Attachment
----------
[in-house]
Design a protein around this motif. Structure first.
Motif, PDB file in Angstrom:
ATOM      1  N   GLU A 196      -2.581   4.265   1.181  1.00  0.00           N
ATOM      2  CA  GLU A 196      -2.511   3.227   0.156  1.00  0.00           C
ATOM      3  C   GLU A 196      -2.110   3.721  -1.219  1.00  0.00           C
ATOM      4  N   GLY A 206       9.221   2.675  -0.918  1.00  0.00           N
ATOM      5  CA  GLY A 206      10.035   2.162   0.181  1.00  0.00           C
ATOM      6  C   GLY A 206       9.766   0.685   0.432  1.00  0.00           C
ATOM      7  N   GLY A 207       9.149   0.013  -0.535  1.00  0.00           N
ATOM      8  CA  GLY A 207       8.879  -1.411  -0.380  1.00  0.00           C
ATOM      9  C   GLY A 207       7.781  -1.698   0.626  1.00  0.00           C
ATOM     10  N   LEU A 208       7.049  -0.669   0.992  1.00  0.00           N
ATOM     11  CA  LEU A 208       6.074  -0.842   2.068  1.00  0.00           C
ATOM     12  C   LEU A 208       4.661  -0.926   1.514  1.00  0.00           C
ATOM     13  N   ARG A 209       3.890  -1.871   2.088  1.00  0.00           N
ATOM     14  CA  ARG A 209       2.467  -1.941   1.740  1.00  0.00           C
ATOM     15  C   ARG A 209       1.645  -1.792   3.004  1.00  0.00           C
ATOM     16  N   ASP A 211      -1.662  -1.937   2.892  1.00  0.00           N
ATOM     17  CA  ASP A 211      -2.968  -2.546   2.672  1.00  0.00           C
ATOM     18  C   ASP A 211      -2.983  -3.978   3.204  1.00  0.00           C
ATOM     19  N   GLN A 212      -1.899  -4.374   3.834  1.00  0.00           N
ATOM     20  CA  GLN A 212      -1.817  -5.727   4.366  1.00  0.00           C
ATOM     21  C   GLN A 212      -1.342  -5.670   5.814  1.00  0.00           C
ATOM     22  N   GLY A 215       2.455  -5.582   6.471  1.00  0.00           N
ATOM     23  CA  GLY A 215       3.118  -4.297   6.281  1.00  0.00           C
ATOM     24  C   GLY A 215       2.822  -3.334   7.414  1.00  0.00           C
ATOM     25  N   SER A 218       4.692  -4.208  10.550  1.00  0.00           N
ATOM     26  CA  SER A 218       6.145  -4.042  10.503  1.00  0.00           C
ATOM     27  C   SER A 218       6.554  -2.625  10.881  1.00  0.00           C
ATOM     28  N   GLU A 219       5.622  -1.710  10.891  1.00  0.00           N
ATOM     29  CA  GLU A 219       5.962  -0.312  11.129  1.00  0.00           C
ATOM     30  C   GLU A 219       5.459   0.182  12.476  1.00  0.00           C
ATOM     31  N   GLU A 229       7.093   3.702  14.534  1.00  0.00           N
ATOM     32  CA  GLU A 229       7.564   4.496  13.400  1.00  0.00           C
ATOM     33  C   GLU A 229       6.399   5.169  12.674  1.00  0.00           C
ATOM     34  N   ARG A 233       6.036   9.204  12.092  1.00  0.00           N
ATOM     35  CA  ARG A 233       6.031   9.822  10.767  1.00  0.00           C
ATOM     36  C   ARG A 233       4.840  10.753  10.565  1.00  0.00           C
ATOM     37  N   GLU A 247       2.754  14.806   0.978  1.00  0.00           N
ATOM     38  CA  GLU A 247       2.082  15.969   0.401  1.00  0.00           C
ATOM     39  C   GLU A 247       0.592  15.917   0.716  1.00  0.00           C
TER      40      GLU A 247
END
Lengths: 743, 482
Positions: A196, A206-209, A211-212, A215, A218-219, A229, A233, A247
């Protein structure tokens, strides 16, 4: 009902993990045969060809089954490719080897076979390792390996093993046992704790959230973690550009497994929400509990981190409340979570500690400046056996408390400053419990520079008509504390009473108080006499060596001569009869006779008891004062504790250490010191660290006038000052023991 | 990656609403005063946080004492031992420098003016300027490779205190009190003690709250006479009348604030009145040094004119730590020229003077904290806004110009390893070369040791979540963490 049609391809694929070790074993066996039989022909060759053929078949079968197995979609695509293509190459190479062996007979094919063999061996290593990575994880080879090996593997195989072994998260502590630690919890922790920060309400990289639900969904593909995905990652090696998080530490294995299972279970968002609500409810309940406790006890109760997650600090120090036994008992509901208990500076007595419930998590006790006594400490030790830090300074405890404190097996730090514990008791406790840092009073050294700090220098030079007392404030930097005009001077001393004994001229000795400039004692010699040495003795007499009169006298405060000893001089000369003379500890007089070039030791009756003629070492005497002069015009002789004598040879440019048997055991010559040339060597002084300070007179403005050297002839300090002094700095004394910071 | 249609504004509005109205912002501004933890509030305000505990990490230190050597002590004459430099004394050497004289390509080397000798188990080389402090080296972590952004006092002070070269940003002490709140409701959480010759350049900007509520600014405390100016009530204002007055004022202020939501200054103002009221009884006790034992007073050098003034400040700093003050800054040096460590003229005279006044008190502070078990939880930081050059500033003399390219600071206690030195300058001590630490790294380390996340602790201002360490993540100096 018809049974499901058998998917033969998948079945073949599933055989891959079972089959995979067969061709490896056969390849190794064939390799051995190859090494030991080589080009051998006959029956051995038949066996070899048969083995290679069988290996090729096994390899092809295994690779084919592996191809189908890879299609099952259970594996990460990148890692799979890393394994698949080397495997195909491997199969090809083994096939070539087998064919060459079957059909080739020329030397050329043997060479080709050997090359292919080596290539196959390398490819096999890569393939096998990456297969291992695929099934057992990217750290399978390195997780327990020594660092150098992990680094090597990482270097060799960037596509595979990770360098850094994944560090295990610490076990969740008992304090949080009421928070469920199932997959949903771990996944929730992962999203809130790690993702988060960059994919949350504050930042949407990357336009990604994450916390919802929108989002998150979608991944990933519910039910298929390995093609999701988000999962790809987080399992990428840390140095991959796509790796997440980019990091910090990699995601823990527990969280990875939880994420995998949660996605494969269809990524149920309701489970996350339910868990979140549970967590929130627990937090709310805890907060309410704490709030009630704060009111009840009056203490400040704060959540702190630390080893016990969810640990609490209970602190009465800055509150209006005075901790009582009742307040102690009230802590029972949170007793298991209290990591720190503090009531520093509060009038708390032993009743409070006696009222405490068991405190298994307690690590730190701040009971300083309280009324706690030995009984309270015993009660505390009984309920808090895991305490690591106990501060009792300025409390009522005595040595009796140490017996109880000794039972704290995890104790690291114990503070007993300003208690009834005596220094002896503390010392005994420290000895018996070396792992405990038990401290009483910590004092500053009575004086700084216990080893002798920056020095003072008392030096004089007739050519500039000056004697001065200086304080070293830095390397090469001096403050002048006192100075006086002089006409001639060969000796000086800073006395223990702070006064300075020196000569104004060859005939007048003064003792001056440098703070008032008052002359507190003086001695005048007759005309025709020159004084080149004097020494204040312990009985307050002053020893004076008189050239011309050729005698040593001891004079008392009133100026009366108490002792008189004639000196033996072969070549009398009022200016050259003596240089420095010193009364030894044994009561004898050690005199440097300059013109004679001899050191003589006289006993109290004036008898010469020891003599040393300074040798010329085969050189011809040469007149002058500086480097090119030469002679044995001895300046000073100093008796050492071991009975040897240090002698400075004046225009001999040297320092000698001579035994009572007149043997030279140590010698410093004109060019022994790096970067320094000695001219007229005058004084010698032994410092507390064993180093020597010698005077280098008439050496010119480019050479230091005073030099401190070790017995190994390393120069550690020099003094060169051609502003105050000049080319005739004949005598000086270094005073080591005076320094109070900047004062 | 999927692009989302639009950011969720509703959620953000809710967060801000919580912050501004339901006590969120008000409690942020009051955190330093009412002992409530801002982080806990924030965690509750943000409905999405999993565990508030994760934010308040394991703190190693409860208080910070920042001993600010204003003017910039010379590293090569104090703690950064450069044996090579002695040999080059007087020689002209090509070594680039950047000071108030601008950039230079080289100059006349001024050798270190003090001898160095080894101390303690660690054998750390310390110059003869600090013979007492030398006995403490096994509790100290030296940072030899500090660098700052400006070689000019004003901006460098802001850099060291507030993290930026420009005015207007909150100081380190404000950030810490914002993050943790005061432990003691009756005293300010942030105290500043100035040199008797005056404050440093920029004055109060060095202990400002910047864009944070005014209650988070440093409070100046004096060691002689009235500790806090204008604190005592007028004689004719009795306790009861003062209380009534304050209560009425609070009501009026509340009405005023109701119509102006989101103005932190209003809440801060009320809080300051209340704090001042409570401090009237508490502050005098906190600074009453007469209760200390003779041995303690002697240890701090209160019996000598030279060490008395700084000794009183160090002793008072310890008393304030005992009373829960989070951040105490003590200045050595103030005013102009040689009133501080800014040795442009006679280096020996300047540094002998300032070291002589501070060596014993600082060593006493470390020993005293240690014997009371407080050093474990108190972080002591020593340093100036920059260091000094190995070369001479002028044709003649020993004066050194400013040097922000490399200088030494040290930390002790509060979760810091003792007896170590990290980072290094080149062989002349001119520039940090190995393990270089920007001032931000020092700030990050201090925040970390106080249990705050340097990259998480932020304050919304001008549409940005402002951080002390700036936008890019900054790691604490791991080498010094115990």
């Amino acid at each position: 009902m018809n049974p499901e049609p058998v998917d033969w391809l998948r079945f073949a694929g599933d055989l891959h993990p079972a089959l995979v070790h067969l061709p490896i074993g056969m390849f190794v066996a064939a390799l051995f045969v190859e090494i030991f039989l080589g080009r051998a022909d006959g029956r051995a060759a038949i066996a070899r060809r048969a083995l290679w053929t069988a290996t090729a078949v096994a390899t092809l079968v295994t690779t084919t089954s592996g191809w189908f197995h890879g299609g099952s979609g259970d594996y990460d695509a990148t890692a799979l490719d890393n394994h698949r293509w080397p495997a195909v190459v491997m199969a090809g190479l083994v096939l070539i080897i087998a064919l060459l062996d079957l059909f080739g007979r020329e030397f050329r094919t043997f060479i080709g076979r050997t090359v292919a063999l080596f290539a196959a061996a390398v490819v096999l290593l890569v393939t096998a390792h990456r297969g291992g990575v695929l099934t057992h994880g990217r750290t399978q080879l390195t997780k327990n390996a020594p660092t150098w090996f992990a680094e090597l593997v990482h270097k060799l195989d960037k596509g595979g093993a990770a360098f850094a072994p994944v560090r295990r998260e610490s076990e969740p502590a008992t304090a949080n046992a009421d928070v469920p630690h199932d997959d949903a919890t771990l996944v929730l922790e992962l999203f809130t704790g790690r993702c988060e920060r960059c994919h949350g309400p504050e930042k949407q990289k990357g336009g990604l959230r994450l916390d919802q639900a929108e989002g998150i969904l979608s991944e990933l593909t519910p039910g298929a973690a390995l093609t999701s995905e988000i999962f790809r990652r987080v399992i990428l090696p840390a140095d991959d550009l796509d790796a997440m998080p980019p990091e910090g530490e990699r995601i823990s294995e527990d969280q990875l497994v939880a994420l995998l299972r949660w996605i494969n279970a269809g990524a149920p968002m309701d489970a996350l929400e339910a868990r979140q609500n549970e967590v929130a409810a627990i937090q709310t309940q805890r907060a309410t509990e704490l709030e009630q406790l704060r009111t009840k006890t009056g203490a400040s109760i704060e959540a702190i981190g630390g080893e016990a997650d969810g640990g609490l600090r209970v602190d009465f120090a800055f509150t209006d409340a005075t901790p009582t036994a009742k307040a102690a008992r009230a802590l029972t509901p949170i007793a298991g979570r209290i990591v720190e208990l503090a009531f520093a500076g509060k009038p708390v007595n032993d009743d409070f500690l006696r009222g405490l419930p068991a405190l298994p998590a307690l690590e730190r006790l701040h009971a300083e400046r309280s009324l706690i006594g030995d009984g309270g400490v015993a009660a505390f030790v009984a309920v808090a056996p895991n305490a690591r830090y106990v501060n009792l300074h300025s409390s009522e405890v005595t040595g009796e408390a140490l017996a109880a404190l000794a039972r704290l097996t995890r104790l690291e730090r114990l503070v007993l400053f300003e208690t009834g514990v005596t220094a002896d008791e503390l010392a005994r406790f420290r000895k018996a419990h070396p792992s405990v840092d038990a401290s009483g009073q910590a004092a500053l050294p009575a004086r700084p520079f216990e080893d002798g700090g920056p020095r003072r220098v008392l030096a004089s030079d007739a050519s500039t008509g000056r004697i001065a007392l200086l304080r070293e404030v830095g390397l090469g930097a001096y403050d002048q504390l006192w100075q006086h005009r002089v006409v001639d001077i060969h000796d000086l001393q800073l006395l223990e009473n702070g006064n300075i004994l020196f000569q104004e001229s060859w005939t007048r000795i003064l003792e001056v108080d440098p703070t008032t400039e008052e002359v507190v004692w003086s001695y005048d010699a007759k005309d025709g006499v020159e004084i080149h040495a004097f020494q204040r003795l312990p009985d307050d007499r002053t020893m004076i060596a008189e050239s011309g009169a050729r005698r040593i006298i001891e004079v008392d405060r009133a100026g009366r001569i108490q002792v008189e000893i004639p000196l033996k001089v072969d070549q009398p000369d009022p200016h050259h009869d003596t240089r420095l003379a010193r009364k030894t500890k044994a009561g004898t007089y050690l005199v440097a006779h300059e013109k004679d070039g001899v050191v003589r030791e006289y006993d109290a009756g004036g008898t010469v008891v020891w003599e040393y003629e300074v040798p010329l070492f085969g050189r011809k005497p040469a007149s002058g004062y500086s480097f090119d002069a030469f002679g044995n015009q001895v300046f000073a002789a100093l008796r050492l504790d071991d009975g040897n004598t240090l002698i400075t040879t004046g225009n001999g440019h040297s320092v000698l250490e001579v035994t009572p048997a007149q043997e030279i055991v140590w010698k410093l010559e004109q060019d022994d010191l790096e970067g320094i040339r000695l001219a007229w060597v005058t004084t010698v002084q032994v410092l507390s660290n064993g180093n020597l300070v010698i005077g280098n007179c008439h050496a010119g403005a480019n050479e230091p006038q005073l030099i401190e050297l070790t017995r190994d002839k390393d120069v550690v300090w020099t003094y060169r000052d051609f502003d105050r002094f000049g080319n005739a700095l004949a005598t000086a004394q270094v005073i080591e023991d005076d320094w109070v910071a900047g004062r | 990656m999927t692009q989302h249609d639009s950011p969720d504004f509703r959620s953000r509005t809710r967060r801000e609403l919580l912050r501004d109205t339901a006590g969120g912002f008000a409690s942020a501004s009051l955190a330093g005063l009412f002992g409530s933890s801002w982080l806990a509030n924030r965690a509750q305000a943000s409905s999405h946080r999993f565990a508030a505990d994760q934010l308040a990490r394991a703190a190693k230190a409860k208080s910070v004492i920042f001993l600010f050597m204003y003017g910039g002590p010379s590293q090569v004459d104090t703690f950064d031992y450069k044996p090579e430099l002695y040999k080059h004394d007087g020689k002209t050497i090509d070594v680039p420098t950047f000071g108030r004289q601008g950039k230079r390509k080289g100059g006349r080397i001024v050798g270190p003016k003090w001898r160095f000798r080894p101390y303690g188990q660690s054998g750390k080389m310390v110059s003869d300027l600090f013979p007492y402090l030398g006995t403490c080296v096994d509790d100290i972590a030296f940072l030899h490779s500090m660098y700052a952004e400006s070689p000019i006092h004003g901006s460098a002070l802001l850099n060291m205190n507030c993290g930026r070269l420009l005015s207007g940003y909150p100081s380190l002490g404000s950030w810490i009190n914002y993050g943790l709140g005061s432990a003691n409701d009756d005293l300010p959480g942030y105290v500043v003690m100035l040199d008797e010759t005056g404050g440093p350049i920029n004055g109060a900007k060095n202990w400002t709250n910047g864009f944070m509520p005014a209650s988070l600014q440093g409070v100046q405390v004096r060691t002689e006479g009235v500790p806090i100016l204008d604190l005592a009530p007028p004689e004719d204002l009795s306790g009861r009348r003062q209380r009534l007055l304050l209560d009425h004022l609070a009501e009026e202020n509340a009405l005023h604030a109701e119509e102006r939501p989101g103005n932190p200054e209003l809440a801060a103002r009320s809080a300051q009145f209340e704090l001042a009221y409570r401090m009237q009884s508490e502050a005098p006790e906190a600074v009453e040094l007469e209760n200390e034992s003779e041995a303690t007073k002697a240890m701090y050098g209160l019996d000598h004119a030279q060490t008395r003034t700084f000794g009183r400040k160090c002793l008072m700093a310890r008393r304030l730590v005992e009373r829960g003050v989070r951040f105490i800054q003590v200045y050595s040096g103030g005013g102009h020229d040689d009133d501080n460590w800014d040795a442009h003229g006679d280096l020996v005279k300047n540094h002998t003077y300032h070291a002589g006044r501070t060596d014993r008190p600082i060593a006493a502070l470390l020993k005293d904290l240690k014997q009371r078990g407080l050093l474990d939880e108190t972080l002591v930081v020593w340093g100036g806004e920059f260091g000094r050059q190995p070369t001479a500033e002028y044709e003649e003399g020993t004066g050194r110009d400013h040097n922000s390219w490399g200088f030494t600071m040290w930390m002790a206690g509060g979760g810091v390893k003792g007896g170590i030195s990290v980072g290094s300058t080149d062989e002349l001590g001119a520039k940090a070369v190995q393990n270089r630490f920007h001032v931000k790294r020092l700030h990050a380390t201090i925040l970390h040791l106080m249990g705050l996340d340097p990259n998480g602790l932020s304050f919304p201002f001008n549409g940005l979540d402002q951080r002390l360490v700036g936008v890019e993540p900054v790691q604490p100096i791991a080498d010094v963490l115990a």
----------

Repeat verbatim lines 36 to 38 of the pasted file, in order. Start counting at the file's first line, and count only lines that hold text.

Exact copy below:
ATOM     33  C   GLU A 229       6.399   5.169  12.674  1.00  0.00           C
ATOM     34  N   ARG A 233       6.036   9.204  12.092  1.00  0.00           N
ATOM     35  CA  ARG A 233       6.031   9.822  10.767  1.00  0.00           C